New business models for providing electricity and integrated energy services are emerging all over the world with astonishing speed. In Italy, a utility is wiring millions of houses to accommodate networks made by Echelon, a US company that will let you control home-energy use from your mobile phone Web browser. In Denmark, a utility sold its customers more efficient refrigerators to reduce energy consumption over the long haul. Instead of shelling out more every month for wasted electricity, customers paid off the new refrigerator, yielding an environmental payoff as well.

Even before digital networks and the grid find more ways to talk to each other, the Internet is having unexpected effects on patterns of energy use. It has become commonplace to frame the Web as the biggest energy hog around. In an often-quoted Forbes article published in 1999, Peter Huber declared, "Somewhere in America, a lump of coal is burned every time a book is ordered online ... a billion PCs on the Web represent an electricity demand equal to the total capacity of the US today." Two new studies, however, suggest the contrary: that the Net could turn out to be a powerful mechanism for reducing "energy intensity" - the amount of energy expended per dollar of GNP. A study commissioned last year by the DOE at the Lawrence Berkeley National Laboratory (enduse.lbl.gov/Projects/InfoTech.html) and a 1999 study by the Center for Energy and Climate Solutions (www.cool-companies.org/energy) indicate that by streamlining supply chains, enabling telecommuting, and reducing trips to the mall, the net effect of the Net may be to increase energy efficiency and significantly cut carbon emissions.

More surprises are in store. Last year, Steve Hauser at the Pacific Northwest National Laboratory started waking up in the middle of the night, thinking about what was wrong with the existing energy networks. Before coming to PNNL, he had worked at the National Renewable Energy Laboratory for eight years, diligently ramping up the effectiveness of solar systems, hybrid electric vehicles, and other elements of the greener energy portfolio. He watched the efficiency curves go up, and the prices per kilowatt ease down. But something wasn't happening. "The technology worked," he recalls, "but the markets weren't absorbing it. I thought, 'There's something fundamentally broken here. What is it?'"

Over at Oak Ridge National Laboratory, a researcher named Marilyn Brown was pondering similar questions. Brown is part of a team that prepared a report called "Scenarios for a Clean Energy Future" (www.ornl.gov/ORNL/Energy_Eff/CEF.htm) at the request of the DOE. She lamented the fact that industry restructuring had stripped out one of the few feedback loops between utilities and customers that energy-efficiency advocates had fought for years to obtain: demand-side management. DSM is the practice of utilities negotiating with their customers to notch back demand during peak hours, and generally offering education and tools for more efficient ways of using energy.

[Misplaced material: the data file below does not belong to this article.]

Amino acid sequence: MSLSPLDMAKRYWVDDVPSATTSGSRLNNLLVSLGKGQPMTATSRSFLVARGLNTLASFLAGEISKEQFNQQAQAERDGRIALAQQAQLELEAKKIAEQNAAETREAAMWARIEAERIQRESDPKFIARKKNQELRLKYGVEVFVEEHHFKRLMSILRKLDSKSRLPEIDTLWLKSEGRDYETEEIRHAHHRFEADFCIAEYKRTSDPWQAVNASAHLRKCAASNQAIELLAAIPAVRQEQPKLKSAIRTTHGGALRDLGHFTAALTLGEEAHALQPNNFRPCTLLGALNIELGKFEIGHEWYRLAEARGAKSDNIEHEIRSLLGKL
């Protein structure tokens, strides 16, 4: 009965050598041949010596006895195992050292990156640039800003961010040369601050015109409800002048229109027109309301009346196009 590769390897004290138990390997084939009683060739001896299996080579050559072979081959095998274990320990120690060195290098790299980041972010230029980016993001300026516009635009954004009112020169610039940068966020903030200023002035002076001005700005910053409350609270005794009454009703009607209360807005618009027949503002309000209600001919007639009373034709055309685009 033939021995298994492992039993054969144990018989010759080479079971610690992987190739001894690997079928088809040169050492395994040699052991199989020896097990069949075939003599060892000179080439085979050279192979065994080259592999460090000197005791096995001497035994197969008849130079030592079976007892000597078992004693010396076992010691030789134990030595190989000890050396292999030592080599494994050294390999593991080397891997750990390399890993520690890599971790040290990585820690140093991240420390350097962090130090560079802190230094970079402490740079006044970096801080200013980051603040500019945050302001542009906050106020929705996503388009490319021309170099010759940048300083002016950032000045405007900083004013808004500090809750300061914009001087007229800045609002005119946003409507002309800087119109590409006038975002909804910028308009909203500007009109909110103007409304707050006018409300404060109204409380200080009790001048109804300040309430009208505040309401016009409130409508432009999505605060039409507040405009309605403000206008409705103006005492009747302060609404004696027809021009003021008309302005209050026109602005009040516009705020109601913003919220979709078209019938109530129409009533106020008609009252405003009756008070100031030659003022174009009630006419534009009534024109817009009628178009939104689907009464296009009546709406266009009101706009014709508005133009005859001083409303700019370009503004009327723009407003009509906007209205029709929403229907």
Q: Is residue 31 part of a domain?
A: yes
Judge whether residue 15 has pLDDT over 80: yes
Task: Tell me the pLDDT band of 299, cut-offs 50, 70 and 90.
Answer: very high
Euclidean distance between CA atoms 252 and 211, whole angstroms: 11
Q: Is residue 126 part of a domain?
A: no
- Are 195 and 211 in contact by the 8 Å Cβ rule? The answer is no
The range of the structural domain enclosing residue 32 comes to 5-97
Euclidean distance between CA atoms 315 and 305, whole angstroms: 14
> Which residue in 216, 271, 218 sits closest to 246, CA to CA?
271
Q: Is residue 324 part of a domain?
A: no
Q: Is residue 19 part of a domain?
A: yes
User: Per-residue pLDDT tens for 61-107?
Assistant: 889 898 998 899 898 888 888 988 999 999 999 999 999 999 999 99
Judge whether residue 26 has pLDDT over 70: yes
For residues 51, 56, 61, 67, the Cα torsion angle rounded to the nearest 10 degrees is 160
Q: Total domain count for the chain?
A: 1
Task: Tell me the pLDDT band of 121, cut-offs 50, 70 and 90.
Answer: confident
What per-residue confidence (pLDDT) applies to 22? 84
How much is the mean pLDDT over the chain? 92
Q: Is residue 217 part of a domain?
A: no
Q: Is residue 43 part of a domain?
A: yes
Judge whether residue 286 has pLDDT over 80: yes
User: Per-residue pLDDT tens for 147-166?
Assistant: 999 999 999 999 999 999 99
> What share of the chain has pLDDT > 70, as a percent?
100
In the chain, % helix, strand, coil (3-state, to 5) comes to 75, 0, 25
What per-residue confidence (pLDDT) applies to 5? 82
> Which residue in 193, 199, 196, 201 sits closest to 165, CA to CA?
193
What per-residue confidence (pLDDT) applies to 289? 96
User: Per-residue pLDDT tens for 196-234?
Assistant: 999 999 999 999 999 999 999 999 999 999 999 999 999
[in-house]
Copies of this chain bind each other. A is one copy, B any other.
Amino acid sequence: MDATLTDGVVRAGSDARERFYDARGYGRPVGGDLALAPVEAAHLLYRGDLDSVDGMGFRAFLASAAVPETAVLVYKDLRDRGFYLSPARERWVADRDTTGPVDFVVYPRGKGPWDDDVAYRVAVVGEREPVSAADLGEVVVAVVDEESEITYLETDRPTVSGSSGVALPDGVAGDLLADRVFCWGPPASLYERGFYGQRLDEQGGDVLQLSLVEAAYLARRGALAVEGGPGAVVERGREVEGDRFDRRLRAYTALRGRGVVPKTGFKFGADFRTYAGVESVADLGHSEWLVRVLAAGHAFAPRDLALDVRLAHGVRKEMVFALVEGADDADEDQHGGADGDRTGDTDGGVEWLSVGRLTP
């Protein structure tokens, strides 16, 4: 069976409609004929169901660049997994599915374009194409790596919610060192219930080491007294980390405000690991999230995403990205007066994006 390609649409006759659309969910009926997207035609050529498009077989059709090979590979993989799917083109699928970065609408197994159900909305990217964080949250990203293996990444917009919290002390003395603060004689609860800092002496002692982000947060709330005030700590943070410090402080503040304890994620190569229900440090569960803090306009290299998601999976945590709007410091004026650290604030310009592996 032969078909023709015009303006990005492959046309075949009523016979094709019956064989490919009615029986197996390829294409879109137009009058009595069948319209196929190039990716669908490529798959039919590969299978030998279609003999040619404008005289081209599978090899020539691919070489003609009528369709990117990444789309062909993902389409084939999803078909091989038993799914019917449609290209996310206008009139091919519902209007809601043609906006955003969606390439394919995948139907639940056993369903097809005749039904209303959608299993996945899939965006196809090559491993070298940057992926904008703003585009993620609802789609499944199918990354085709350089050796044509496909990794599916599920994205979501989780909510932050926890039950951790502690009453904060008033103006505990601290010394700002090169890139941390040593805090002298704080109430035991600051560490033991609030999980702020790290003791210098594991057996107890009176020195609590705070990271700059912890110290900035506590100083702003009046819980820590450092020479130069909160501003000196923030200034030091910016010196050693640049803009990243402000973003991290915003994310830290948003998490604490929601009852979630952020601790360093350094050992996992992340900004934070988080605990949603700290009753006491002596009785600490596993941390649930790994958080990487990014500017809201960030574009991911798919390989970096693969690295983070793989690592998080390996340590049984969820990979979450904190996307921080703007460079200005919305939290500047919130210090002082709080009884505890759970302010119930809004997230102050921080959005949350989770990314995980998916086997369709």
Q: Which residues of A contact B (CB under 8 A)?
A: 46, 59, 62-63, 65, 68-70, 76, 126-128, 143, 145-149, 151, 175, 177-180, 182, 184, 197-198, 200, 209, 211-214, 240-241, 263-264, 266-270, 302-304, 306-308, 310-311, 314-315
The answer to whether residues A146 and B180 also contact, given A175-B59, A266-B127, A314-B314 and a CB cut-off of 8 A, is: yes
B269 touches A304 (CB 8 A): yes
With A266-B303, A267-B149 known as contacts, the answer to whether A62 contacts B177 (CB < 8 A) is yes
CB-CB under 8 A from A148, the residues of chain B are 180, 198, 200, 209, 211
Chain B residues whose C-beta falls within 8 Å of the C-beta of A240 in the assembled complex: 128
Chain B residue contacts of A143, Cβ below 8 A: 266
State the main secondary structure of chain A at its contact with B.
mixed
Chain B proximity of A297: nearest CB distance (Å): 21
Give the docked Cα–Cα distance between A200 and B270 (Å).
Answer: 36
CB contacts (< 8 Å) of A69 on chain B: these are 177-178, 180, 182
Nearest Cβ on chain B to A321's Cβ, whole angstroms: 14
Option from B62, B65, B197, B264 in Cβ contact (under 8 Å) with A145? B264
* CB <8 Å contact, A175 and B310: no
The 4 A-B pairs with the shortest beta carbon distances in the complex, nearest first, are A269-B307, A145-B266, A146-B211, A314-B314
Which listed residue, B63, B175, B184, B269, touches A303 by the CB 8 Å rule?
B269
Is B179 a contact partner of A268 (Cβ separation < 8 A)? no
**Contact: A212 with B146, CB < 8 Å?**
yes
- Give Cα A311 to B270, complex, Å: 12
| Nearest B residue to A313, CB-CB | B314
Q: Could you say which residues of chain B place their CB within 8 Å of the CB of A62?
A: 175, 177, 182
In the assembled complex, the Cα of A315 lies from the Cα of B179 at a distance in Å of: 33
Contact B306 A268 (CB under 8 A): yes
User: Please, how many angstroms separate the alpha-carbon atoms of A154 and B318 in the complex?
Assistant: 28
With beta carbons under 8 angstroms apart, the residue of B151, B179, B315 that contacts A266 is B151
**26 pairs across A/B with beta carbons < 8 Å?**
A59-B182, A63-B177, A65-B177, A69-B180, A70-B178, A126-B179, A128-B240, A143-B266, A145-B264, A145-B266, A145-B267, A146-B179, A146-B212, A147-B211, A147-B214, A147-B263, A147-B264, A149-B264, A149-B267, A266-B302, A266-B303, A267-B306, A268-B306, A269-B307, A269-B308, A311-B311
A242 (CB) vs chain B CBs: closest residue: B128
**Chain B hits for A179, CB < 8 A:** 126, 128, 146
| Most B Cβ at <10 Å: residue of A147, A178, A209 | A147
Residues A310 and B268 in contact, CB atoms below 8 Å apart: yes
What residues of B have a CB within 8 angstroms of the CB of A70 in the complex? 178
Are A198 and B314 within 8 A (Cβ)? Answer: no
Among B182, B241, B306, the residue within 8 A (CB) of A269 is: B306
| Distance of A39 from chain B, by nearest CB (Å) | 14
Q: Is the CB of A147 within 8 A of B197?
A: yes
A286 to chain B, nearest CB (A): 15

It may sound odd - an industry convincing customers to buy less of its product - but because spot-market prices fluctuate wildly, it's often cheaper for a utility to reduce supply to customers who have previously agreed to such a curtailment than it is to keep pumping out the power and riding the market. In energy-modeling studies Brown designed at Oak Ridge, she found that DSM and energy-efficiency initiatives - which had taken off in the early '90s, then nearly evaporated when the market heated up under deregulation - had worked splendidly.

Those twirling dials on the meter in your basement are a classic example of an interface that displays information where you can't act on it. By contrast, the defining characteristic of business models that have prospered in the digital age, Alan Greenspan told Congress in 1999, has been innovation that enables providers to "detect and respond to finely calibrated nuances in consumer demand." Without those feedback loops hardwired into the grid, observes researcher Terry Oliver at the Bonneville National Lab, the entire electrical infrastructure will remain a leaky bucket. "I gradually realized that pouring more energy, of a different kind, into a leaky bucket wasn't going to make a difference," he told me. "You have to fix the bucket."

Now researchers like Oliver, Steve Hauser, and Mike Hoffman at Bonneville (where the term Energy Web was coined) are finding ways to embed real-time information about the cost of power, and methods for automating demand-side management, throughout the energy supply chain. Imagine an air conditioner that receives constantly updated market signals about the price of electricity on the grid and knows what the other air conditioners in the vicinity are doing. By easing down demand when energy is expensive (or when less green power is available), such devices could collaborate with all the other smart appliances in the neighborhood to lighten the load - or crank up micropower reserves - when the grid is peaking out.